Ramblings of Comet--Berkeley Blog Feed
The internet was originally designed by military scientists to be invulnerable to physical attacks on centralized switching/routing facilities.
So the internet does not rely on a centralized routing system but instead relies on a distributed routing system.
Where were the issues of identification, authorization, etc that are so vital to business accounting covered?
These business/security issues were never in the original design...
DNS, domain name resolution, is a critical piece of the internet. It is the process by which a domain name such as "google.com" is turned into a number such as 22.214.171.124
It is something that everyone's web browser does silently every time a web link is accessed and most people don't pay much attention to it.
Every time you ask your web browser for a page it goes out to the internet, typically to a server called "BIND" that is provided by your ISP, internet service provider. BIND takes the domain name that the web browser provides and returns back an ip address. It takes google.com and returns 126.96.36.199
D. J. Bernstein hated the internet standard BIND program for DNS resolution so much that the decided to write his own DNS resolver, djbdns:
I was curious about why he re-wrote BIND and had no particular opinion about it until I saw the recent debacle with DNS BIND caching this July:
And the fix announced at the August Defcon and then the unfix reported by a Russian hacker in the New York Times:
Bind has lots of problems and they are not just programming problems but basic design problems.
To quote the NY Times article, "The root of the problem lies in the fact that the address system, which was invented in 1983, was not meant for services like electronic banking that require strict verification of identity."
djbdns is a step in the right direction but it is not enough as the current DNS system is flawed from the beginning and will always be vulnerable to forgery.
As D. J. Bernstein says in his article on DNS Forgery, "An attacker with access to your network can easily forge responses to your computer's DNS requests."
He suggests using public key cryptography and maybe that is the best solution for now.
Of course the ideal solution is to not do banking/accounting/etc at all on a public networks, but
only on private networks.
I installed the build system for OpenWRT and wanted to create the html from the LaTeX documents, but my standard Slackware release 12.0 did not have the "htlatex" command.
Doing a Google, I found "htlatex" as part of TeX4ht at:
There is an old Slackware 10 version of TeX4ht at LinuxPackages but I could not get it to work.
So I downloaded the source from the Ohio State site and created my own Slackware 12.0 package for download:
The package might work on Zenwalk
too because it is based on Slackware.
$./primesum Find the smallest difference between two primes whose sum is 1000000000 min prime=499999931 max prime=500000069 difference=138 $
$rexx test3.rex 1000000000001 = 73 137 99990001 1000000000011 = 3 269 5107 242639 1000000000021 = 11 17 12119 441257 1000000000031 = 19 617 85302397 1000000000041 = 3 7 179 266028199 1000000000051 = 13 107 718907261 1000000000061 = 1000000000061 1000000000071 = 3^2 79 1406469761 1000000000081 = 3929 254517689 1000000000091 = 1000000000091 1000000000101 = 3 333333333367 1000000000111 = 7 601 1019 233267 1000000000121 = 1000000000121 1000000000131 = 3 11^3 587 426641 1000000000141 = 239 4184100419 1000000000151 = 31 43 167 911 4931 1000000000161 = 3^3 317 827 141277 1000000000171 = 23 199 271 806213 1000000000181 = 7^2 13 1569858713 1000000000191 = 3 17 19607843141 1000000000201 = 101 197 2239 22447 1000000000211 = 1000000000211 1000000000221 = 3 19 37 157 3020117 1000000000231 = 1181 846740051 Eureka! $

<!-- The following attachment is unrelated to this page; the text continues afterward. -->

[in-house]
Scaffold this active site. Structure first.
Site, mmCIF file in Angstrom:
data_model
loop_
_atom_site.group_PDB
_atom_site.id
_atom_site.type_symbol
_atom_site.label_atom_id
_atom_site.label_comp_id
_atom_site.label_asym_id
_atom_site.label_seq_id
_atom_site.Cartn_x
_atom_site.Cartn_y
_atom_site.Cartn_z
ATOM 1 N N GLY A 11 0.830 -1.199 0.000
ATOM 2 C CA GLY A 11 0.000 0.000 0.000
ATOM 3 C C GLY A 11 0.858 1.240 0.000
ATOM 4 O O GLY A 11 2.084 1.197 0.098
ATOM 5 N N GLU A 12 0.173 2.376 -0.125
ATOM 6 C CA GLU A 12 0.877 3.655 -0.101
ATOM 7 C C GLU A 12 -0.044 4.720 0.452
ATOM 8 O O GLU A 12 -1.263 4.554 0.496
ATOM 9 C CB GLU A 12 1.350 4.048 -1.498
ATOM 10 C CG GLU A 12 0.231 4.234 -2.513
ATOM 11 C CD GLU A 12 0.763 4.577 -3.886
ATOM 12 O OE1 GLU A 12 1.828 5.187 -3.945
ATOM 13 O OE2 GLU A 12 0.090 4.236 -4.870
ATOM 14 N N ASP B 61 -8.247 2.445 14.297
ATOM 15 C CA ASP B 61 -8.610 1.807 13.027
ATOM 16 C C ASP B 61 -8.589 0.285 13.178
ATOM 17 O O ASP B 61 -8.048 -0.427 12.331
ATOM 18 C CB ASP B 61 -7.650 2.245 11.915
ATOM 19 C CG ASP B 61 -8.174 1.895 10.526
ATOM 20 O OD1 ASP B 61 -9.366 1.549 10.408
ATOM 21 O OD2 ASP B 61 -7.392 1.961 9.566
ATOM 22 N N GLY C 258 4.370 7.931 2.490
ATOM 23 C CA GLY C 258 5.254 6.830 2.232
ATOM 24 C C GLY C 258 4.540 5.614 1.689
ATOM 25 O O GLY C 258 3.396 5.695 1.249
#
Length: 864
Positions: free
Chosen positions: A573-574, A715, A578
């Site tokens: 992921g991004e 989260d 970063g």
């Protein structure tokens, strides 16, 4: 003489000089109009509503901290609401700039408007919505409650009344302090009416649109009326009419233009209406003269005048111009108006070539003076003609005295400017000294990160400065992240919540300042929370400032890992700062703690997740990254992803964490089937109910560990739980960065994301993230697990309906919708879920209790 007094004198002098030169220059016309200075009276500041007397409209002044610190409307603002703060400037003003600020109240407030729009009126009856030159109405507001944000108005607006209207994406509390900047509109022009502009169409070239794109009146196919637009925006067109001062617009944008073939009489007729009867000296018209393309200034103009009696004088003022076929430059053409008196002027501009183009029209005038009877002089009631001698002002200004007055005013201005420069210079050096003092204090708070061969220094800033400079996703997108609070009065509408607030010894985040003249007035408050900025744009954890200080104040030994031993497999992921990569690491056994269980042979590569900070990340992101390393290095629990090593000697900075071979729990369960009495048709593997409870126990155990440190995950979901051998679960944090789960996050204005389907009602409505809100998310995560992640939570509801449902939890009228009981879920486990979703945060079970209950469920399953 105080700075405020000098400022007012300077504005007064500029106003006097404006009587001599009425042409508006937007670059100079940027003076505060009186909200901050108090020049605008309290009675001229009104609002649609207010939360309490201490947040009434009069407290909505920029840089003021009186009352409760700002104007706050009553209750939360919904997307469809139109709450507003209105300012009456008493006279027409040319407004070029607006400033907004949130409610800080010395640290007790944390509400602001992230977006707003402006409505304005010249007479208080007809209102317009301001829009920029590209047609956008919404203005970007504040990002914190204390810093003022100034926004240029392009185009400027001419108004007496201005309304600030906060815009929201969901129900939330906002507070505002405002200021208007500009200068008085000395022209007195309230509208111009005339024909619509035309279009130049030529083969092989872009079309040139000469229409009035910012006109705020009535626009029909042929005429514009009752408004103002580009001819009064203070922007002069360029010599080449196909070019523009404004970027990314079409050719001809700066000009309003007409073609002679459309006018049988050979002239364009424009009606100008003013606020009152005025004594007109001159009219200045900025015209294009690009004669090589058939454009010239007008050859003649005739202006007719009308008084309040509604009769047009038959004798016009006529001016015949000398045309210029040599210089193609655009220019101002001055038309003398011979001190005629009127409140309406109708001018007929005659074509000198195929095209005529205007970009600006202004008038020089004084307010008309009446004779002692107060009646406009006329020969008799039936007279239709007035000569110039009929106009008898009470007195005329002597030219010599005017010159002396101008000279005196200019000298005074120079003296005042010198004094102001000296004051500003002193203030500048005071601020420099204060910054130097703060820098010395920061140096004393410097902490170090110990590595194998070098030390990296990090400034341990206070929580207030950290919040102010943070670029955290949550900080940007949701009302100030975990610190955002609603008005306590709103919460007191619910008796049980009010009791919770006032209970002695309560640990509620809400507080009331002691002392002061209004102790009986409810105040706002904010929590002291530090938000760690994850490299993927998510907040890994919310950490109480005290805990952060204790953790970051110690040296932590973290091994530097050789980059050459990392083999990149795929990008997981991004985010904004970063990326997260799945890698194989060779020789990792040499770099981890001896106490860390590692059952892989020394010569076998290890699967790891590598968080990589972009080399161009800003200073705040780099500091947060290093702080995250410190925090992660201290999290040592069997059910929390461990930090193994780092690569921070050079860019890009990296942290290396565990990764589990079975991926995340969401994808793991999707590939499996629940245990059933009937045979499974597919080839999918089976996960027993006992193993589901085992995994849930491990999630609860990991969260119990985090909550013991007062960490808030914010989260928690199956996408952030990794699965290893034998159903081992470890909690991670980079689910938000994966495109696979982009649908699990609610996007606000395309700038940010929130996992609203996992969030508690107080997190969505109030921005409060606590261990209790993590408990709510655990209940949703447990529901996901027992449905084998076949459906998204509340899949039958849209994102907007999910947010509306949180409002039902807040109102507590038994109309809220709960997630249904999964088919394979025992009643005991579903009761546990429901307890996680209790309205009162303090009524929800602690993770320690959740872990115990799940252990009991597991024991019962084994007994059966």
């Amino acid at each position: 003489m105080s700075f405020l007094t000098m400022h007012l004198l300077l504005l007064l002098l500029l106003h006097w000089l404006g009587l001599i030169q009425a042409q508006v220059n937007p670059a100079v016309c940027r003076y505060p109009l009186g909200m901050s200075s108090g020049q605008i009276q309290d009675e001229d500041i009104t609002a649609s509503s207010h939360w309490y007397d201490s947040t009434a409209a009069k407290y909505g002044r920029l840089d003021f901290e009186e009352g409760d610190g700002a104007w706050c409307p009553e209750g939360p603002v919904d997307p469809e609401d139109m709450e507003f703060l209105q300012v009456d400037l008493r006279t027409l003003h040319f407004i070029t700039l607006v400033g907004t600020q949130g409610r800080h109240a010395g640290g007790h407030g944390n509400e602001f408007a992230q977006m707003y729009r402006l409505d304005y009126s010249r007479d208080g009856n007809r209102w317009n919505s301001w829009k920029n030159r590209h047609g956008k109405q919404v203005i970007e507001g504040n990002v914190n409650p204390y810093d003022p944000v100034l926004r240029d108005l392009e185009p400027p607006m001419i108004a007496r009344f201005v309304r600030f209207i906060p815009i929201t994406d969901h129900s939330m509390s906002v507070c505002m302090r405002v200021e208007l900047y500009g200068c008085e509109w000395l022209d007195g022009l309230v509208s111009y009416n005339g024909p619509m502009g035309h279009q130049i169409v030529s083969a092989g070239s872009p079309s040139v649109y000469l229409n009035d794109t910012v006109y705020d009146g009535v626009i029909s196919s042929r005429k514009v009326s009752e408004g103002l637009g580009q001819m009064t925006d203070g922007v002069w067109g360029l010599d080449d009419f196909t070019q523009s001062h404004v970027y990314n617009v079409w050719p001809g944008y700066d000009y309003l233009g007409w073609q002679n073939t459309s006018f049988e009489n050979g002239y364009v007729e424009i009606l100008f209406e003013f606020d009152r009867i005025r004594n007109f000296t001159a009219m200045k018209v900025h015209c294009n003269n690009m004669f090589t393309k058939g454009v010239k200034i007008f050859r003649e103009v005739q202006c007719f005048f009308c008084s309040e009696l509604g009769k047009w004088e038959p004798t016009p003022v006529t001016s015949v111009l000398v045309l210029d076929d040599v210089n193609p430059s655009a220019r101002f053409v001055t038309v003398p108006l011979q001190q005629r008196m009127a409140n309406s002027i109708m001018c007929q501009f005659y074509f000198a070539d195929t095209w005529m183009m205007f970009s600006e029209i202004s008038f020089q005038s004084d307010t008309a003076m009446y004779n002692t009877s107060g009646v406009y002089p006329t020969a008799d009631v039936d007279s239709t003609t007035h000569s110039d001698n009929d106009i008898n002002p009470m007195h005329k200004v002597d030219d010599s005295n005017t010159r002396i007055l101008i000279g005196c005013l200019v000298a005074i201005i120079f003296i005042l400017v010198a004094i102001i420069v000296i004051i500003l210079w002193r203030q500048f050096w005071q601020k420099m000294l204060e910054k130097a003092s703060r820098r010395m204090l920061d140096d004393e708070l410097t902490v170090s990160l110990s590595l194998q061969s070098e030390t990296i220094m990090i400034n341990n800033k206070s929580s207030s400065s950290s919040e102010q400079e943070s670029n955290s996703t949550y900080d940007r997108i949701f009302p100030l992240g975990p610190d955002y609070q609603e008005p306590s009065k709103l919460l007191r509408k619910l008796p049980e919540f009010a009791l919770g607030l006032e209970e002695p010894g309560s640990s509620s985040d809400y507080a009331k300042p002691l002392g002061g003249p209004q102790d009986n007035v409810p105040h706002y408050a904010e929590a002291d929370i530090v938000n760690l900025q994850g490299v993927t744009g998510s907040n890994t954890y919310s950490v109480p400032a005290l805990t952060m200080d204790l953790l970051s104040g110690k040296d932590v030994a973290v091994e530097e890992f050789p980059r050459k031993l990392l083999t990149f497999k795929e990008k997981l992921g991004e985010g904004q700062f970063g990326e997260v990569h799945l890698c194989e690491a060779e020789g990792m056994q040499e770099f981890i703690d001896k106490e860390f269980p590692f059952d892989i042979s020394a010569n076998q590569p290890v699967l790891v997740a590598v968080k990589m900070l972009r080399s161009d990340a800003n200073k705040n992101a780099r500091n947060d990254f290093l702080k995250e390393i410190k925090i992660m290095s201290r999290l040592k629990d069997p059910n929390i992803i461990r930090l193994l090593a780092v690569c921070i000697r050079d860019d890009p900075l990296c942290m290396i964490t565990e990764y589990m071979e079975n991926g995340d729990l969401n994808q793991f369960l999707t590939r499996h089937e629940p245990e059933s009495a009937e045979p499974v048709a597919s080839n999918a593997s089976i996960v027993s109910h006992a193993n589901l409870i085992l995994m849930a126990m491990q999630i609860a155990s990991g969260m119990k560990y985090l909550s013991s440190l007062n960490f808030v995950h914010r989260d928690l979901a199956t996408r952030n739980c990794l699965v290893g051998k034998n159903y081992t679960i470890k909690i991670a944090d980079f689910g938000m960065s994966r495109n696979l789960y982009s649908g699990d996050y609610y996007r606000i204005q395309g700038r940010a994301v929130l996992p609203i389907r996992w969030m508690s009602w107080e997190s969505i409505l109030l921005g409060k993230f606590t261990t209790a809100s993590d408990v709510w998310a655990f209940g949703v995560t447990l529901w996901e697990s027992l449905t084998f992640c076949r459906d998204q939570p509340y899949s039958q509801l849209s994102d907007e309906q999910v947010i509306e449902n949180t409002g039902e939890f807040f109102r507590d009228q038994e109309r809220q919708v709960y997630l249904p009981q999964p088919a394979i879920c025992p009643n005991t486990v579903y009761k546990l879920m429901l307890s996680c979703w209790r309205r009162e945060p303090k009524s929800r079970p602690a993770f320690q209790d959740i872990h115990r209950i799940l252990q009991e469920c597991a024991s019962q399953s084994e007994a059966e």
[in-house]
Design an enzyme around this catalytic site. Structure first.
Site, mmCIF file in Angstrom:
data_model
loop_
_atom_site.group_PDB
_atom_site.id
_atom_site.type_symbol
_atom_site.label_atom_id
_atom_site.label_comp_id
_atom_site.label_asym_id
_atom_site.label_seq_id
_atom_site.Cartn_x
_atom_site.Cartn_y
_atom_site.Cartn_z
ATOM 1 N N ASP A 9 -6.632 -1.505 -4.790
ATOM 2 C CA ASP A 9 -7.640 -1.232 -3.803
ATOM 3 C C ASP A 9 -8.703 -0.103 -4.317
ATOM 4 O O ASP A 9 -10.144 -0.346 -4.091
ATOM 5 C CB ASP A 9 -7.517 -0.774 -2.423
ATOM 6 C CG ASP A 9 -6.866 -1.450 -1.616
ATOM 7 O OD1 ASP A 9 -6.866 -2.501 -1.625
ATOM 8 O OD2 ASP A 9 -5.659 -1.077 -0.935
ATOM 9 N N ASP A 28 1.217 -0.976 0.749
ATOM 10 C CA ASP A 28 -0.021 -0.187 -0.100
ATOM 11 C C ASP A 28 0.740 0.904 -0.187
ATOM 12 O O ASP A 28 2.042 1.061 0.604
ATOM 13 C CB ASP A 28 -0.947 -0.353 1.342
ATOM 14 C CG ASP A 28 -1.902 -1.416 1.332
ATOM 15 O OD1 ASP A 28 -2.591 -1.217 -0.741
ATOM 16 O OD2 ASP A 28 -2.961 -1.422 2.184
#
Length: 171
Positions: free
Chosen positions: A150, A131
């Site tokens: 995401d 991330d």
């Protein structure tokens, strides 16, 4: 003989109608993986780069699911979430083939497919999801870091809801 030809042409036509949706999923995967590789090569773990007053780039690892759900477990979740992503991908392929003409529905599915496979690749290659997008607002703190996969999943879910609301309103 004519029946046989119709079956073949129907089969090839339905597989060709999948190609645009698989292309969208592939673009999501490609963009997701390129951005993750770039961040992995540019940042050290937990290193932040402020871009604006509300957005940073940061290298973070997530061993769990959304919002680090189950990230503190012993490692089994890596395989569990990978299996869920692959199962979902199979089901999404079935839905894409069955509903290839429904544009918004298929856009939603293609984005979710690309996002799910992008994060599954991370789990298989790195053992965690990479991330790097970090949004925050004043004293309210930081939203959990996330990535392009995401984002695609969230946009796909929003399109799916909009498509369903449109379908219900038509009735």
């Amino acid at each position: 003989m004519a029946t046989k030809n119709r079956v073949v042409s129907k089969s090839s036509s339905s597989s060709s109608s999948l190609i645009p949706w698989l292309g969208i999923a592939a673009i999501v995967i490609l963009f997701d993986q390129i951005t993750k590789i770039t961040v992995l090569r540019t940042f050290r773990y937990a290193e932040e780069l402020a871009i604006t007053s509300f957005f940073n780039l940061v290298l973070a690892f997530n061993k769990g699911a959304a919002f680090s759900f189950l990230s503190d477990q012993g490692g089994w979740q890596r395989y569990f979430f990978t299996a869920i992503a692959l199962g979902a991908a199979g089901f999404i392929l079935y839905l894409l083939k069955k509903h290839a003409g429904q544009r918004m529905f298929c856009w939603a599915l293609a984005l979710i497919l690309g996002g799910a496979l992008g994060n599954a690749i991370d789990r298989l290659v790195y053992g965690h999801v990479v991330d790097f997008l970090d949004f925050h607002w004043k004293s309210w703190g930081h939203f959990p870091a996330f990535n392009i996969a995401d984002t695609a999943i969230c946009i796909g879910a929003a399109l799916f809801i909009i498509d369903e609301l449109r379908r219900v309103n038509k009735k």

def mystery_func1(x): c = 0 while x != 1: p = 0 q = 0 while q < x: p += 1 q += 2 if q == x: x = p else: p = 0 q = 0 while p != x: p += 1 q += 3 x = q + 1 c += 1 return cHere is my answer:
def mystery_func1(x): c = 0 while x != 1: p = (x + 1) // 2 if x == 2 * p: x = p else: x = 3 * x + 1 c += 1 return c
def mystery_func3(inlist): for i in inlist: assert i in xrange(2 ** 30) mylist = * len(inlist) while not mystery_func3_helper(inlist, mylist): pos = len(mylist) - 1 while mylist[pos] == 2 ** 30 - 1: mylist[pos] = 0 pos -= 1 mylist[pos] += 1 return mylist def mystery_func3_helper(list1, list2): for i in xrange(2 ** 30): c1 = 0 for j in list1: if j == i: c1 += 1 c2 = 0 for j in list2: if j == i: c2 += 1 if c1 != c2: return False return TrueTo answer, here is my replacement for mystery_func3:
def mystery_func3(inlist): for i in inlist: assert i in xrange(2 ** 30) mylist = inlist[:] mylist.sort() return mylist
Iframe attacks are becoming very common as many websites are vulnerable.
The hackers in this case are not simply attacking the PC users but attacking the web servers themselves aka the "Green Zone".
See this article by Roger Grimes on March 21.
Typically all pages at the hacked website will include code at the bottom of each page similar to this:
which translates into something like this on the users computer:
When an unsuspecting user clicks on a trusted website he downloads spyware, viruses, etc as described in this article at CastleCops
|I recently tested a Pentium 4 system with an Intel motherboard by running memtest86+ to check out the ram memory chips.
I kept getting the following error no matter how I swapped around the memory chips on the motherboard:
Test #3 Address: 00000100020 1.0MB Good: 80808080 Bad: 80808000